According to the study, tropical glacial melt is rapidly affecting water supplies and high concentrations of “light-absorbing particles on glacier surfaces” are part of the reason. Read the full report here.
Listening to the unique creaks and cracks of an arctic fjord, six researchers affiliated with the Polish Academy of Sciences recorded the sounds glaciers make as they break off into water. The recordings are being used in an important effort to better understand this process of breaking off, called calving.
Glacial calving is “poorly understood” according to the researchers who published a new article in the scientific journal, Geophysical Research Letters, titled, Underwater acoustic signatures of glacier calving. However, through their research they successfully identified three distinct ways that glaciers calve, typical subaerial, sliding subaerial, and submarine. Basically, whether the piece of ice breaking off was falling outward from the top of the glacier, like a person jumping off the top, sliding straight down the face of the glacier, like something very slowly sliding off the top, or was actually breaking off underwater and shooting up to the surface, like a person swimming back up after falling in.
Although glaciers around the world, by definition, are all large masses of ice that last year-round and slowly move, they vary in size, shape, speed, and importantly, location. Eventually, many glaciers terminate at bodies of water. Glaciers that terminate at bodies of water with tidal patterns, like oceans fjords, and sounds, are called tidewater glaciers. Tidewater glaciers are a form of calving glaciers, which break off into chunks as they push forward into bodies of water, creating icebergs.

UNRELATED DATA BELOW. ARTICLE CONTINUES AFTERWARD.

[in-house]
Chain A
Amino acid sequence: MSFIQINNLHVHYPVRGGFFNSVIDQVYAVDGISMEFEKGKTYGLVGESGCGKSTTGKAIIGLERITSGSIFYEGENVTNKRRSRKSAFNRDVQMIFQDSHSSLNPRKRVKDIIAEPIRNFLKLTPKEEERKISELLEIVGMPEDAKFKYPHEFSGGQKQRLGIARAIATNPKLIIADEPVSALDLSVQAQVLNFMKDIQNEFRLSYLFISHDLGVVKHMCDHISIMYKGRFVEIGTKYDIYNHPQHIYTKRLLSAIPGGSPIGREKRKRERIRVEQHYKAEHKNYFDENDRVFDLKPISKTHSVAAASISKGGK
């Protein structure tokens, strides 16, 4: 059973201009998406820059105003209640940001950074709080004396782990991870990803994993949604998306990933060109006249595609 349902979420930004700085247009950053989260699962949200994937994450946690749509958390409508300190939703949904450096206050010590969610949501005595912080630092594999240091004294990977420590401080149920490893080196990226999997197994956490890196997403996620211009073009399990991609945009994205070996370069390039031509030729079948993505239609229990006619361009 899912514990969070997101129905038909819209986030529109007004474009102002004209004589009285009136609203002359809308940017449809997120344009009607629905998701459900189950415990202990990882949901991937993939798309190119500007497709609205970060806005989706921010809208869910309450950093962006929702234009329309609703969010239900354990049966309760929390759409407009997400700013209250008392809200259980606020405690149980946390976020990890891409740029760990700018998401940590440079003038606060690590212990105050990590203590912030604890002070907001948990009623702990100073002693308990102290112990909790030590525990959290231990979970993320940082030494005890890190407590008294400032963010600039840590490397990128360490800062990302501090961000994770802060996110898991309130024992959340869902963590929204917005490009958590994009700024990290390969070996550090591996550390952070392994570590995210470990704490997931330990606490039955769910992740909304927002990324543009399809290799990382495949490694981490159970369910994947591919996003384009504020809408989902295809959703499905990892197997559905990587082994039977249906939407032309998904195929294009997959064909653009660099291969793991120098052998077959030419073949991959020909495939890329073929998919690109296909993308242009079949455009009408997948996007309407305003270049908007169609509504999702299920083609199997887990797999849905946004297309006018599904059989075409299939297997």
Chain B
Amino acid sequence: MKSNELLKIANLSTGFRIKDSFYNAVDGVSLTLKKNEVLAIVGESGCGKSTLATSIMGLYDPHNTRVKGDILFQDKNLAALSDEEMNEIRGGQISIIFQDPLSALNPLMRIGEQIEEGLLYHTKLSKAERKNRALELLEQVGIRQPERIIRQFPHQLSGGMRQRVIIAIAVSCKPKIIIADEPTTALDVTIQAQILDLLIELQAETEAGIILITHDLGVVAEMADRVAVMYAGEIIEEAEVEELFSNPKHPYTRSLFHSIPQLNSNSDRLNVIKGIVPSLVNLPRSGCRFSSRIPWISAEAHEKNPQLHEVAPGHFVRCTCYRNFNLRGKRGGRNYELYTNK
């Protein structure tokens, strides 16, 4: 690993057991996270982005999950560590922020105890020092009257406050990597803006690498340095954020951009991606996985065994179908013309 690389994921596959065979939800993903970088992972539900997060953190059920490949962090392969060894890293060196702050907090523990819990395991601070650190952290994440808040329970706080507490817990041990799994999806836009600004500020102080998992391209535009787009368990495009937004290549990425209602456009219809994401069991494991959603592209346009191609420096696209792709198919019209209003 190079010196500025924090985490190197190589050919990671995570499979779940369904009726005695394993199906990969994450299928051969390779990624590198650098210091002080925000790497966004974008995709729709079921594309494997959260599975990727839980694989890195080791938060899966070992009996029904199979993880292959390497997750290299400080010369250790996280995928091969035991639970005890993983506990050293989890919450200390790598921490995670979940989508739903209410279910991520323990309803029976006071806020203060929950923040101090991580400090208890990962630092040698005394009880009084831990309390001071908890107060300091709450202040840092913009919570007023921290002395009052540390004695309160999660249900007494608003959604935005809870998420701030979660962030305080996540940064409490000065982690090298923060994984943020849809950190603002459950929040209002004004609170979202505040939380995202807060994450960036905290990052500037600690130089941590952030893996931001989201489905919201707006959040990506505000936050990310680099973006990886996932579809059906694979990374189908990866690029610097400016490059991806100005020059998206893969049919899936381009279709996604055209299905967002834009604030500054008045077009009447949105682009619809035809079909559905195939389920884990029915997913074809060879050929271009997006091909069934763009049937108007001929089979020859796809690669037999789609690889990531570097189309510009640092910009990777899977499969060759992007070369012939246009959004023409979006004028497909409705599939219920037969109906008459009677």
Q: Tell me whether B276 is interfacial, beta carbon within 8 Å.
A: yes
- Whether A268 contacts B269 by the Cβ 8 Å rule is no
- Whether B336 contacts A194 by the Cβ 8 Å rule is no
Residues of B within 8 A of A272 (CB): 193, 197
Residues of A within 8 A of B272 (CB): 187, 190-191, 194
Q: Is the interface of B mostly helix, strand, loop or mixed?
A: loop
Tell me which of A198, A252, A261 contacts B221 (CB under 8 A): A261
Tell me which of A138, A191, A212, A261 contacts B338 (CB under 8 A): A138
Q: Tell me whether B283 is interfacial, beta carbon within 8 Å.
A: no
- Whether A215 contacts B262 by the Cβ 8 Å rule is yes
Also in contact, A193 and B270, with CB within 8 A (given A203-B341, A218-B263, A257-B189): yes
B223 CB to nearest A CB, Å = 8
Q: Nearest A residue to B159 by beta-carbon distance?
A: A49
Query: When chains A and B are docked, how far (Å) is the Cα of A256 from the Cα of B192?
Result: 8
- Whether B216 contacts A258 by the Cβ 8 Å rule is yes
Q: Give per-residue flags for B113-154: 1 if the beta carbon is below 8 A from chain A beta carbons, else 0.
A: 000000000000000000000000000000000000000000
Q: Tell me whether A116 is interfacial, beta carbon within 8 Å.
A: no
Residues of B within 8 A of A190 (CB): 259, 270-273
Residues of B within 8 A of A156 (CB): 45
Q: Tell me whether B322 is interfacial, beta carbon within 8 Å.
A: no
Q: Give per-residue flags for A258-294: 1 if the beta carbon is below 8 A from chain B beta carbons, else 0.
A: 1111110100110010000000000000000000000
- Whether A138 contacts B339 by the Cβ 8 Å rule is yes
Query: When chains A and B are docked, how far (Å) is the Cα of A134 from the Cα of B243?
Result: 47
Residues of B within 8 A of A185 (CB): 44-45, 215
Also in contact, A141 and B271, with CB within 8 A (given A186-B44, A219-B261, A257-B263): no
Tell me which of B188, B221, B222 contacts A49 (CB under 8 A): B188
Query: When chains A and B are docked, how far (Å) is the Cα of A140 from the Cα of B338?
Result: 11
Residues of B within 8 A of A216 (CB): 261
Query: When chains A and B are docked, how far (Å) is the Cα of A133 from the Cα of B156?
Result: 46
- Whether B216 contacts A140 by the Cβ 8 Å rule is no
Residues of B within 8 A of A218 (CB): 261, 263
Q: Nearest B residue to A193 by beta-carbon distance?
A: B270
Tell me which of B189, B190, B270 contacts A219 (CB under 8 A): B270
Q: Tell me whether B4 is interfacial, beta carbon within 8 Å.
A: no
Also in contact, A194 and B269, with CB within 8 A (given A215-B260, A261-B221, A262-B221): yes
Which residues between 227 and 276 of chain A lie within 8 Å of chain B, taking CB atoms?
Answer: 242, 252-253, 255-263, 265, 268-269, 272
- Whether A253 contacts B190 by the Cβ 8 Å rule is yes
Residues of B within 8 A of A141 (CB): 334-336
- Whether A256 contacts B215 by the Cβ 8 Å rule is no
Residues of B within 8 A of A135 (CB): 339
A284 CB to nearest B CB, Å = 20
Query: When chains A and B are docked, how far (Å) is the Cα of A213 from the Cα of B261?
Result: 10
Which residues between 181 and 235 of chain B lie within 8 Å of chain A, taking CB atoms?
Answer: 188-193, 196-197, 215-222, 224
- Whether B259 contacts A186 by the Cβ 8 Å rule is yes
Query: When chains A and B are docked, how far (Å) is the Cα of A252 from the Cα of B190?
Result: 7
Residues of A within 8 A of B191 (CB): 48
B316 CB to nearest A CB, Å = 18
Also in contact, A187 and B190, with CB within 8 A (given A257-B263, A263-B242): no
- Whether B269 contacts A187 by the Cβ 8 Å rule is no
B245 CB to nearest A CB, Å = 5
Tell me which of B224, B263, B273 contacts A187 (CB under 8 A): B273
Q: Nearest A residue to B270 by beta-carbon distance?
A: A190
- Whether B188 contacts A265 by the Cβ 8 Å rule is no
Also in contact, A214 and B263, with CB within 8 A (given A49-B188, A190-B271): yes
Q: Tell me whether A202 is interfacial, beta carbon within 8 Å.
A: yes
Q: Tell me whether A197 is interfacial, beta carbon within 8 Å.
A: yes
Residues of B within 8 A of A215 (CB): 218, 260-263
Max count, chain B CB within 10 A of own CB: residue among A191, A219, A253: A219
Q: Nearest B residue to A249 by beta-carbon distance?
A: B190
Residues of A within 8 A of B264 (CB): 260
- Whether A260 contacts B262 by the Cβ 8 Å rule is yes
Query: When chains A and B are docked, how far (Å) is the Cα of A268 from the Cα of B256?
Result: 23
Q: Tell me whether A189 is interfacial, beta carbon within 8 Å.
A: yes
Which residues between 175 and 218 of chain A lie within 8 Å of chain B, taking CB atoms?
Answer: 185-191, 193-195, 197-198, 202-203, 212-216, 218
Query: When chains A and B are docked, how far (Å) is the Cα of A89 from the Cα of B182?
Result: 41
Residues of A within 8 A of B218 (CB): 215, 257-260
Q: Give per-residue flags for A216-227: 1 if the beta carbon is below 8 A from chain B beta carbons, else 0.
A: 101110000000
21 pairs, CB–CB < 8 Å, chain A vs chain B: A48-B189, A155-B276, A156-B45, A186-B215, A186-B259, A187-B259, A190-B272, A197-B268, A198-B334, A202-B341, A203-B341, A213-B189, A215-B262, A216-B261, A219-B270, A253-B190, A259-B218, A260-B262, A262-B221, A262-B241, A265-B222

This new article adds to our understanding of this process in a novel way. By recording the sounds of the calving process the researches overcame previous obstacles in monitoring these events. In the past, keeping track of tidewater glacial calving was difficult due to the lack of sunlight in the poles and the poor quality of satellite imagery. However, using relatively cheap and simple underwater microphones, called hydrophones, attached to a buoy, the researches identified the distinct sound signatures of the ice slowly melting, cracking and expanding, and eventually, breaking off from the glacier altogether. The researchers then combined the calving sound signatures with photographs from a GoPro camera they had set up to monitor the events visually, allowing them to identify and confirm the three distinct types of calving.
They say that by continuing to monitor the underwater sounds glaciers make, scientists will be able collect more data on how, and how much, glaciers around the world are breaking off into the bodies of water in which they terminate. This will help to better understand the calving process itself, as well as allow them to keep better track of how quickly glaciers are melting due to climate change.
This is important, because tidewater glaciers contribute more water to global sea level rise than any other type of glacier, and by some counts, contribute more water to sea level rise than the Antarctic and Greenland Ice Sheets combined.
By establishing the connection between the visual and audio information the researches established that these sound signatures did in fact correspond to these particular types of events, and presumably, could be used on its own in the future– giving scientist a cheap and easy monitoring tool to gauge glacier calving around the world.